There are, of course, writers like McIntosh or Goodrick-Clark, who can write of magical subjects with the lightness of hand of scholarly training and academic distance. There are also the editions of Crowley’s works being produced under the auspices of the Ordo Templi Orientis, which evidence a confident mastery of the material, a willingness to re-do it until it is done right, and a lack of anxiety over “official” recognition. There are as well magician researchers who are not widely published, but whose studies of older texts are marked by scrupulous care, acute insight, and a lack of posturing.

The increased ease which technological advances have brought to publications in every medium, and the continuing diminution of the authority of “central” academic institutions, suggests that works intended to address the concerns of scholarship as well as magic will increasingly be produced by people whose primary background is in magic rather than in scholarship. In a sense, this would be a return to the situation as it existed before this century’s proliferation of research institutions and their patronage. The rough edges of autodidacts — the ill temper of Thomas Taylor, the eccentricities of A. E. Waite, and other traits temporarily obscured by the disciplined civility of tenured academics may once again appear in works of learning as well as in works of literature.

Or it may not. One of the less-discussed aspects of scholarly studies of magic is the extent to which their readership extends beyond the world of professional scholarship. But communication between scholars is increasingly occurring in the less shielded forums of the electronic world. Certain irruptions from the nether realms were once limited to the form of admiring or carping letters from readers with no institutional affiliation who had nonetheless somehow learned of the existence of one’s papers, or some peculiar volume brandished by occasional undergraduates with more enthusiasm than prudence, or even an unannounced visit by an independent scholar clutching (like those folks known in some science departments as “citizen scientists”) several shopping bags full of proof of one thing or another. Electronic communications, with their lack of non-textual indicators (spell-ing may be haphazard, but none come written in crayon on brown paper bags), tend to have very similar levels of plausibility, differentiated largely by content alone.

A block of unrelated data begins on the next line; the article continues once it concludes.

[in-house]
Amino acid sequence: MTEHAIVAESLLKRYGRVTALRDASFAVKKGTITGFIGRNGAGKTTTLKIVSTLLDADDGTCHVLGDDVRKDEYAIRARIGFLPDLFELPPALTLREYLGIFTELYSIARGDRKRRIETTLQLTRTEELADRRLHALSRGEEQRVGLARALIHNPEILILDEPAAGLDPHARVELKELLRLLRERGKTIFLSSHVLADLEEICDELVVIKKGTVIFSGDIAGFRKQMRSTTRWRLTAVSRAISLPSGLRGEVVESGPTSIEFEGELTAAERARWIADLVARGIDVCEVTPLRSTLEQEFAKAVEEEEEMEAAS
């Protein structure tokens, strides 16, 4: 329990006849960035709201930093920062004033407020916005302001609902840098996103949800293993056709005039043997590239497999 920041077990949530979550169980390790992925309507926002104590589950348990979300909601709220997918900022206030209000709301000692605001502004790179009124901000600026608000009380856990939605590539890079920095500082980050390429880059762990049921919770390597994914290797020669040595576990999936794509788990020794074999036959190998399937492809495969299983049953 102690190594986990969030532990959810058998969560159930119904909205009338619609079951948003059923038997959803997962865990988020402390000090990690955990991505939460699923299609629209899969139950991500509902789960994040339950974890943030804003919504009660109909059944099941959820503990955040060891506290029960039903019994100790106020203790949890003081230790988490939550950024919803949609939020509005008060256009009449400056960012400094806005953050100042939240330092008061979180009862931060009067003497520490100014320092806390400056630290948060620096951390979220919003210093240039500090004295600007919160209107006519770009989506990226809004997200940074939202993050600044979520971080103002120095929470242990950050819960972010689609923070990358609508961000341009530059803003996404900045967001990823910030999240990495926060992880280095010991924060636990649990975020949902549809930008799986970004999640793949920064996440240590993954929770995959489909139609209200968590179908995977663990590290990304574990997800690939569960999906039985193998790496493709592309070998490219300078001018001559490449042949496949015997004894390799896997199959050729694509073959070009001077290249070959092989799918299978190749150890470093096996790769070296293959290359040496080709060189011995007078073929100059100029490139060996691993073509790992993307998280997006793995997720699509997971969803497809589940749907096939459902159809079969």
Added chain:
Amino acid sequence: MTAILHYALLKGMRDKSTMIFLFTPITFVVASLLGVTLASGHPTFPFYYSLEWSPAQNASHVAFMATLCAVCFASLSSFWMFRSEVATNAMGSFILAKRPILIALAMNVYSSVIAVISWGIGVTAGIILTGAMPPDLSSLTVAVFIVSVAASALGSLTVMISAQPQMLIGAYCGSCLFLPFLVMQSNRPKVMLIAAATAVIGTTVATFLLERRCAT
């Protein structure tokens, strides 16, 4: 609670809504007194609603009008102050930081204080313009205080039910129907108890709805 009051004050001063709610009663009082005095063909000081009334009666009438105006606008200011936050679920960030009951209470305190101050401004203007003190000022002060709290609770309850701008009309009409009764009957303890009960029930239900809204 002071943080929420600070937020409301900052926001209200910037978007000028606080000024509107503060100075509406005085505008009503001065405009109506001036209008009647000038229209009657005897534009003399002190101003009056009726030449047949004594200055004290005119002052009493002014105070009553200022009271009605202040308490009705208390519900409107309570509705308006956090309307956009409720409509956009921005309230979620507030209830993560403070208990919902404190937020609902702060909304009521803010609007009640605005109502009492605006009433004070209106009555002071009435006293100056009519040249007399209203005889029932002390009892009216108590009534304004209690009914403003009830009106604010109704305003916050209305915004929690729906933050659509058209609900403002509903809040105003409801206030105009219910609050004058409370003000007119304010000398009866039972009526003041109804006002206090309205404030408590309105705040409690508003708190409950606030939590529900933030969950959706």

It may well be that scholars of things magical will find it increasingly harder to ignore the persistent presence of magical practitioners whose activities include publishing learned if not scholarly works. This may lead to an explicit policy of refusing to pay attention to (or accept claims of publication priority for) works by people without “professional” credentials. It might lead, too, to a marked increase in the amount of energy invested in theoretical elaborations defending (by defining) the purity of the academic enterprise from the insinuations of what Lynn Thorndike called “works of perverse learning”. Or it might even lead to actual discussions between scholars interested in magic and magicians interested in scholarly study of their art.

Time, no doubt, will tell.

Hermetic History — Erase It or Face It